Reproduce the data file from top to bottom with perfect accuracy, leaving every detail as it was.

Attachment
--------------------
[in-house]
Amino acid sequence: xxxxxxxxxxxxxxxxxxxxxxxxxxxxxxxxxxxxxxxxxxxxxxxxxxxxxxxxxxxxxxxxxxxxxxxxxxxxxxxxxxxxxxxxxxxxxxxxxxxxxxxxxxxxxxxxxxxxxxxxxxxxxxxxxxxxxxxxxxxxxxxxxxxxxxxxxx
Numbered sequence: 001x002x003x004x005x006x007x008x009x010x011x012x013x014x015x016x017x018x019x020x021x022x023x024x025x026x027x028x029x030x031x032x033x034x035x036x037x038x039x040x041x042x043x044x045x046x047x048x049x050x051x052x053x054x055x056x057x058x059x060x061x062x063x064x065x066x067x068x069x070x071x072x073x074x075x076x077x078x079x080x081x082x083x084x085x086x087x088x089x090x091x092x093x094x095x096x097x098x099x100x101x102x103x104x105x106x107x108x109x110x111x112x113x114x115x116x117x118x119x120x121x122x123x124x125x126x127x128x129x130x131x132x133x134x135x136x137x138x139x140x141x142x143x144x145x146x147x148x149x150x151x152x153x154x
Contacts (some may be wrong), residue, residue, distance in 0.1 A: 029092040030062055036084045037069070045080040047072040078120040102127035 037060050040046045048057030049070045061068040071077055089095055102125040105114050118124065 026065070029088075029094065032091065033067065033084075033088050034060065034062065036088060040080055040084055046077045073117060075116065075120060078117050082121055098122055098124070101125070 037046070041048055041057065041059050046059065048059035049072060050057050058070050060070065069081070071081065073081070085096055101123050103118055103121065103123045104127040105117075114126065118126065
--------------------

[in-house]
Amino acid sequence: xxxxxxxxxxxxxxxxxxxxxxxxxxxxxxxxxxxxxxxxxxxxxxxxxxxxxxxxxxxxxxxxxxxxxxxxxxxxxxxxxxxxxxxxxxxxxxxxxxxxxxxxxxxxxxxxxxxxxxxxxxxxxxxxxxxxxxxxxxxxxxxxxxxxxxxxxx
Numbered sequence: 001x002x003x004x005x006x007x008x009x010x011x012x013x014x015x016x017x018x019x020x021x022x023x024x025x026x027x028x029x030x031x032x033x034x035x036x037x038x039x040x041x042x043x044x045x046x047x048x049x050x051x052x053x054x055x056x057x058x059x060x061x062x063x064x065x066x067x068x069x070x071x072x073x074x075x076x077x078x079x080x081x082x083x084x085x086x087x088x089x090x091x092x093x094x095x096x097x098x099x100x101x102x103x104x105x106x107x108x109x110x111x112x113x114x115x116x117x118x119x120x121x122x123x124x125x126x127x128x129x130x131x132x133x134x135x136x137x138x139x140x141x142x143x144x145x146x147x148x149x150x151x152x153x154x
Contacts (some may be wrong), residue, residue, distance in 0.1 A: 029092040030062055036084045037069070045080040047072040078120040102127035 037060050040046045048057030049070045061068040071077055089095055102125040105114050118124065 026065070029088075029094065032091065033067065033084075033088050034060065034062065036088060040080055040084055046077045073117060075116065075120060078117050082121055098122055098124070101125070 037046070041048055041057065041059050046059065048059035049072060050057050058070050060070065069081070071081065073081070085096055101123050103118055103121065103123045104127040105117075114126065118126065